Good or bad move? Among the nation’s leading receivers, he was big even when the team was struggling, catching 21 passes for 223 yards in the two losses to Utah and Arizona. He went over the 100-yard mark in 11 straight games and finished with 106 catches for 1,538 yards and 15 touchdowns, so the production is there. However, despite having decent functional speed, he’ll have to run well in the combine to be a first-day pick. The 24-year-old spent a few years on a church mission.

Emmanuel Cook, S, South Carolina
Projected: Fourth round
Good or bad move? A terrific tackler, he was an important piece of the puzzle for one of the nation’s best pass defenses. While he can hit, he has had problems staying healthy throughout his career and he’s questionable in coverage. Not necessarily a ball-hawker, he’s a big hitter who should find a job as a third or fourth safety in a rotation.

Jared Cook, TE, South Carolina
Projected: Second to third round
Good or bad move? Don’t be shocked if he becomes one of the high risers over the next few months. He has all the tools with good size, nice hands and a receiver’s route-running ability, but he was underutilized by Steve Spurrier. The biggest problem was erratic quarterback play, but Cook will pique someone’s interest on day one.

Michael Crabtree, WR, Texas Tech
Projected: Top 10 overall
Good or bad move? The two-time Biletnikoff winner came to Texas Tech as the most talented receiver ever to play in the Mike Leach era, and he showed why with 231 catches, 3,127 yards and 41 touchdowns in just 26 games. Great on the move, he’s the epitome of a YAC receiver (yards after the catch) who can make things happen when he gets the ball in a place where he can do something with it. If he’s not the first receiver taken, he’ll be No. 2.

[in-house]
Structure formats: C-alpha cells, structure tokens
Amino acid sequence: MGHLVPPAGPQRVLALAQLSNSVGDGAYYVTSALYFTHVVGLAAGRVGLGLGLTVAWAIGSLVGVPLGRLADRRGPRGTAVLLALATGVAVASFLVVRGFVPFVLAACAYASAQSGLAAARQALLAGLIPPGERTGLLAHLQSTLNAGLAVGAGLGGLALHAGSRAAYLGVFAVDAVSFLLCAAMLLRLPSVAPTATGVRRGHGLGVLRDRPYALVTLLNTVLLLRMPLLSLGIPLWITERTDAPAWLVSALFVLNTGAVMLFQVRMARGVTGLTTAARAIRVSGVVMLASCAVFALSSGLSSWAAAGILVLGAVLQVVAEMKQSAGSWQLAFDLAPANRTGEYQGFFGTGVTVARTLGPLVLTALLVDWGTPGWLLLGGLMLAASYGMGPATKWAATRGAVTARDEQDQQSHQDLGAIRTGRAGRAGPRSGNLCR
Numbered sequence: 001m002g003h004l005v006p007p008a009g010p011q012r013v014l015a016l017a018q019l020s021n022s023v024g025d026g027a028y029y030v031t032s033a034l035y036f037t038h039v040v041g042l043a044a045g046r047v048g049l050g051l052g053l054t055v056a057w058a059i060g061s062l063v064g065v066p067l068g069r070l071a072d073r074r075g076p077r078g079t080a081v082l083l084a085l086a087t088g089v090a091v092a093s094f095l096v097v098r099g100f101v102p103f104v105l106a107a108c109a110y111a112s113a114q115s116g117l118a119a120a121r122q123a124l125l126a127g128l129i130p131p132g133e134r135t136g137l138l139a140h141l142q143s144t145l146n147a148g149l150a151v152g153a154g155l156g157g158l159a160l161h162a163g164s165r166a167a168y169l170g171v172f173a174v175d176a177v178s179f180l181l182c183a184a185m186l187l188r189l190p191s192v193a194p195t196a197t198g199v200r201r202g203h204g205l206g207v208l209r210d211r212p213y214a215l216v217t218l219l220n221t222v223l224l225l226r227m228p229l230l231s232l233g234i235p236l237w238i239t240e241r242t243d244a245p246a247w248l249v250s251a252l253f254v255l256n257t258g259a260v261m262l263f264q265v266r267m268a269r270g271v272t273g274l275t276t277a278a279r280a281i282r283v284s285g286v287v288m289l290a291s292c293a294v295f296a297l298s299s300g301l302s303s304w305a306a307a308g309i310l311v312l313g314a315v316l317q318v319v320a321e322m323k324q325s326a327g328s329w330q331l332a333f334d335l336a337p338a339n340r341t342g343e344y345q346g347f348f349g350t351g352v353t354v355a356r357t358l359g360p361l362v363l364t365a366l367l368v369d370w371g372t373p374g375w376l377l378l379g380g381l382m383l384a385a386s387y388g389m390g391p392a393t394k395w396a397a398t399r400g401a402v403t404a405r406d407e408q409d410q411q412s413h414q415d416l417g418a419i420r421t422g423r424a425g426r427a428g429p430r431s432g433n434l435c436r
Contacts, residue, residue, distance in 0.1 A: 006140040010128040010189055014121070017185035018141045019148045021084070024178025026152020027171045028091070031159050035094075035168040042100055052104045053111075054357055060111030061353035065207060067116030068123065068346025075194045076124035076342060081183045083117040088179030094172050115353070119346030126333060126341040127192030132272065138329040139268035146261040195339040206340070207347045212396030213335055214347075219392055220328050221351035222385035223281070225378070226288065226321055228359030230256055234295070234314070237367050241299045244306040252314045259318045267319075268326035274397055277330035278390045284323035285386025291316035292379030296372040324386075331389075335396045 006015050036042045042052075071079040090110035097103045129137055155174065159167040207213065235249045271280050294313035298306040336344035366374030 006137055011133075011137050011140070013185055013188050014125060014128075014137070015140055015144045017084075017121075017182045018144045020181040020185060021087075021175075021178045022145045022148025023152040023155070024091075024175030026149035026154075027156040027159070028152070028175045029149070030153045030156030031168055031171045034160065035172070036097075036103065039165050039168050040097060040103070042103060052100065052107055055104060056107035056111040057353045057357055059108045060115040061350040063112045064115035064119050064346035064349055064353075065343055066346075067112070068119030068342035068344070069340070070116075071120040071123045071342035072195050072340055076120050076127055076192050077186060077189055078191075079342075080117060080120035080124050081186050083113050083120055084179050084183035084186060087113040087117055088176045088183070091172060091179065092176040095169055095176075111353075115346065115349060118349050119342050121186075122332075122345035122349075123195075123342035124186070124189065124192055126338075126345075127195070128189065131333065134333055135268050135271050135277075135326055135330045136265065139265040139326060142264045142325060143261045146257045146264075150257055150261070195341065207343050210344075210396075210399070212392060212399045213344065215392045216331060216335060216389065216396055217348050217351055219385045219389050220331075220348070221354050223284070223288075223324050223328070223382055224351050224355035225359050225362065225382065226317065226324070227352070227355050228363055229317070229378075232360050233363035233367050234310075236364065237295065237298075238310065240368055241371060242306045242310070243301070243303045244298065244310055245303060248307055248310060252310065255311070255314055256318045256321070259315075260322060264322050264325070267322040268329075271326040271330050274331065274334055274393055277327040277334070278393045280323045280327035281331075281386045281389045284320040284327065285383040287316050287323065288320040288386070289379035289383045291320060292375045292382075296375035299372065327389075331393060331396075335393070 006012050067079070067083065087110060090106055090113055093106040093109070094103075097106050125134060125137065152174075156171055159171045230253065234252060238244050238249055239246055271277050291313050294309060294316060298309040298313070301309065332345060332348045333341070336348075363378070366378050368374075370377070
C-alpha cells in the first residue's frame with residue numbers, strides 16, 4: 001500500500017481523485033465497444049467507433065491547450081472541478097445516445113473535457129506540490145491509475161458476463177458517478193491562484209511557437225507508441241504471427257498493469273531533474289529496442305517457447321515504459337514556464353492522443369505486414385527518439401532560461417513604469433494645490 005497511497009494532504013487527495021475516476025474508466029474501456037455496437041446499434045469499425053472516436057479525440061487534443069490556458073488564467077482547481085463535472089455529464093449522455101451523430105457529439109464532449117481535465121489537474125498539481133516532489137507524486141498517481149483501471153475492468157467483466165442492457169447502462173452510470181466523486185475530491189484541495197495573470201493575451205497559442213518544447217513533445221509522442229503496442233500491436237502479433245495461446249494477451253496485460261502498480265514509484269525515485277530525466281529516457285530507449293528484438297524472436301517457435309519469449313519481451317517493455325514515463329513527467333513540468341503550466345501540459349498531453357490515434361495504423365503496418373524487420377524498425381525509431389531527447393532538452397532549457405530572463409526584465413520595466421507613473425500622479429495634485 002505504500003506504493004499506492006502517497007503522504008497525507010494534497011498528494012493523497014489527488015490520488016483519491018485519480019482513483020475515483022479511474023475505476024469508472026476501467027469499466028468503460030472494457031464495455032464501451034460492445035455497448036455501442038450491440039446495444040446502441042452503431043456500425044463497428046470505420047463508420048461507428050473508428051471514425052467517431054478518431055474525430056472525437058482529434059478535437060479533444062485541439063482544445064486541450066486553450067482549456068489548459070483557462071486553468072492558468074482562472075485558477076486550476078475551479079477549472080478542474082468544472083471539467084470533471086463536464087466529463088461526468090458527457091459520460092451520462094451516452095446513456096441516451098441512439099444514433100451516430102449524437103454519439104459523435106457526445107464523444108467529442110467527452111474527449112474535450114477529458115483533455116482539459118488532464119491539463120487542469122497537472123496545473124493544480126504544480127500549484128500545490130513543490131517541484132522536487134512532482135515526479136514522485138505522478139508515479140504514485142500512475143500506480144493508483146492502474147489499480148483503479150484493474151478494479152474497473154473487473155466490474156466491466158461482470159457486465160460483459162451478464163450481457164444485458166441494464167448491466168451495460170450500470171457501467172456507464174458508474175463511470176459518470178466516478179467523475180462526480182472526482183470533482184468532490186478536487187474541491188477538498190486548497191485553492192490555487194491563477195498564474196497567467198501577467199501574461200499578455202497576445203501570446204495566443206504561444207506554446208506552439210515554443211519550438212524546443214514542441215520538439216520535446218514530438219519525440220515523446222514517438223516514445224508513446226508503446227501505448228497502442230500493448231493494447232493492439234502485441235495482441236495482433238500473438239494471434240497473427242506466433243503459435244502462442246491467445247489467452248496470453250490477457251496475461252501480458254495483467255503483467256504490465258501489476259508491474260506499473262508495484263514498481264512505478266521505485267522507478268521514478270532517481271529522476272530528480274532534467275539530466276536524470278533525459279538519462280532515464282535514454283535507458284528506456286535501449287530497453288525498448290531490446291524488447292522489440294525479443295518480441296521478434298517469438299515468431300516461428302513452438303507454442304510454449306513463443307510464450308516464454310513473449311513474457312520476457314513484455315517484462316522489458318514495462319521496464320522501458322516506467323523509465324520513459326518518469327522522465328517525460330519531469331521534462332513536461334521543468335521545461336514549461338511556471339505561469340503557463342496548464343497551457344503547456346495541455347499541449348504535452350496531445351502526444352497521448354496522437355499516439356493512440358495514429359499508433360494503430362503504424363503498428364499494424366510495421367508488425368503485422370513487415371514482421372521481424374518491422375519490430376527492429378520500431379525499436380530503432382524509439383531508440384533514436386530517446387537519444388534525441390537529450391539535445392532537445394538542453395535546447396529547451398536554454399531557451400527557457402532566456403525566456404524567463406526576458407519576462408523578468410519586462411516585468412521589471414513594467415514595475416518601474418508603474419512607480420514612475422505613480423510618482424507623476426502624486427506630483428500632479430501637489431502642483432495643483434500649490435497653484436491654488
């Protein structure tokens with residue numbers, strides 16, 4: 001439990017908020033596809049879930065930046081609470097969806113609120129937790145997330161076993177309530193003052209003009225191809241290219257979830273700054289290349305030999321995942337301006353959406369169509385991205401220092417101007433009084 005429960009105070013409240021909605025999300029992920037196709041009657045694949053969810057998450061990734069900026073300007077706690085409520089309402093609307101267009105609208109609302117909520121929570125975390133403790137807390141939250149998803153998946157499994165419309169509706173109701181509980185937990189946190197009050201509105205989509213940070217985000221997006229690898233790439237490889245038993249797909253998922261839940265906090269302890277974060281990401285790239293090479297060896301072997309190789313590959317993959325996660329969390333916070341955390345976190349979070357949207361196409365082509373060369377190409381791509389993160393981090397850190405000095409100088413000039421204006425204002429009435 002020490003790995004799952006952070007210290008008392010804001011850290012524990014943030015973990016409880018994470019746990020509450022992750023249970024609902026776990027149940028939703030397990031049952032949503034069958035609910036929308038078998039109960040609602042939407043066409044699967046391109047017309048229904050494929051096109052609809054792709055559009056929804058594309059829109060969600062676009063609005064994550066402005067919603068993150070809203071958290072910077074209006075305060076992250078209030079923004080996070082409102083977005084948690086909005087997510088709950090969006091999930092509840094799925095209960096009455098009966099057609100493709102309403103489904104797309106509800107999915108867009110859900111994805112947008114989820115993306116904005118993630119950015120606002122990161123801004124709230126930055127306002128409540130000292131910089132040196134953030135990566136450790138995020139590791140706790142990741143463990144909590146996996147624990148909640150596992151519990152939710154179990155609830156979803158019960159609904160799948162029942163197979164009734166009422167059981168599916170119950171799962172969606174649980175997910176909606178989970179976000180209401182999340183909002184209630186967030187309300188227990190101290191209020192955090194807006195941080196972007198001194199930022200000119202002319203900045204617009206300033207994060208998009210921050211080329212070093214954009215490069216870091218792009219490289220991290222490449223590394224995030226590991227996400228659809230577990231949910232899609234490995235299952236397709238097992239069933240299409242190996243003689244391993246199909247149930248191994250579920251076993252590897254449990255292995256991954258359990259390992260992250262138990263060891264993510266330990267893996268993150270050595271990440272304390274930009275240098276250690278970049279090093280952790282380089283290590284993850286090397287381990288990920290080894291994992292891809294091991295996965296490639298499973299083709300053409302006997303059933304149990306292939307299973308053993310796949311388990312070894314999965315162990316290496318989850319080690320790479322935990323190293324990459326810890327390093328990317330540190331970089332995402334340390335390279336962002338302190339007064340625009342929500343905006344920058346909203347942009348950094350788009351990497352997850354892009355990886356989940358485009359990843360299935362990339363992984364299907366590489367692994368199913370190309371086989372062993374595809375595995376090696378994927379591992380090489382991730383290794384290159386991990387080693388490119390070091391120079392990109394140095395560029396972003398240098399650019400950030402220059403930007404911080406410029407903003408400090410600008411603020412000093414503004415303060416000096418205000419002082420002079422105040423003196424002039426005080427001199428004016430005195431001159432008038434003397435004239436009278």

Seattle Seahawks?

Andrew Davie, TE, Arkansas
Projected: Late second day
Good or bad move? The receiving stats aren’t there as the second fiddle behind D.J. Williams. Davie is more of a blocker who was decent around the goal line. If he gets drafted, it’ll be as a situational player in two-tight-end sets.

Vontae Davis, CB, Illinois
Projected: First round
Good or bad move? Davis could be the call of the draft. He followed up a great sophomore season with a mediocre junior campaign. He wasn’t bad, but he played like he was hanging around waiting to go to the next level; he went through the motions at times. However, the brother of San Francisco 49ers tight end Vernon Davis is a good tackler with 4.4 wheels. On measurables alone he might be a top-10 draft pick.

Josh Freeman, QB, Kansas State
Projected: Third round
Good or bad move? Freeman started as a true freshman and has learned on the job over the last three seasons. With good size, nice mobility and a better college career than was recognized — considering the quarterback stars in the Big 12 over the last few years — he’ll be seen as a decent developmental project with a world of upside. He had to leave with Bill Snyder, who’s more a fan of running quarterbacks, taking over.

Ricky-Jean Francois, DT, LSU
Projected: Second round
Good or bad move? While he’s not the space-eating, heart-and-soul type of anchor that Glenn Dorsey was, Francois is a nice, quick tackle who has the skills to blossom into a tremendous NFL starter if he wants it. Considering his talent, and the players around him, he didn’t have the huge year expected.

Shonn Greene, RB, Iowa
Projected: Second round
Good or bad move? It’s his time. The only runner in America to go over 100 yards in every game, Greene came out of nowhere to win the Doak Walker Award. Breakaway speed and quickness aren’t issues and he can run with a little bit of power, but he’s going to be 24 by the start of the NFL season and is considered a bit of a one-year wonder.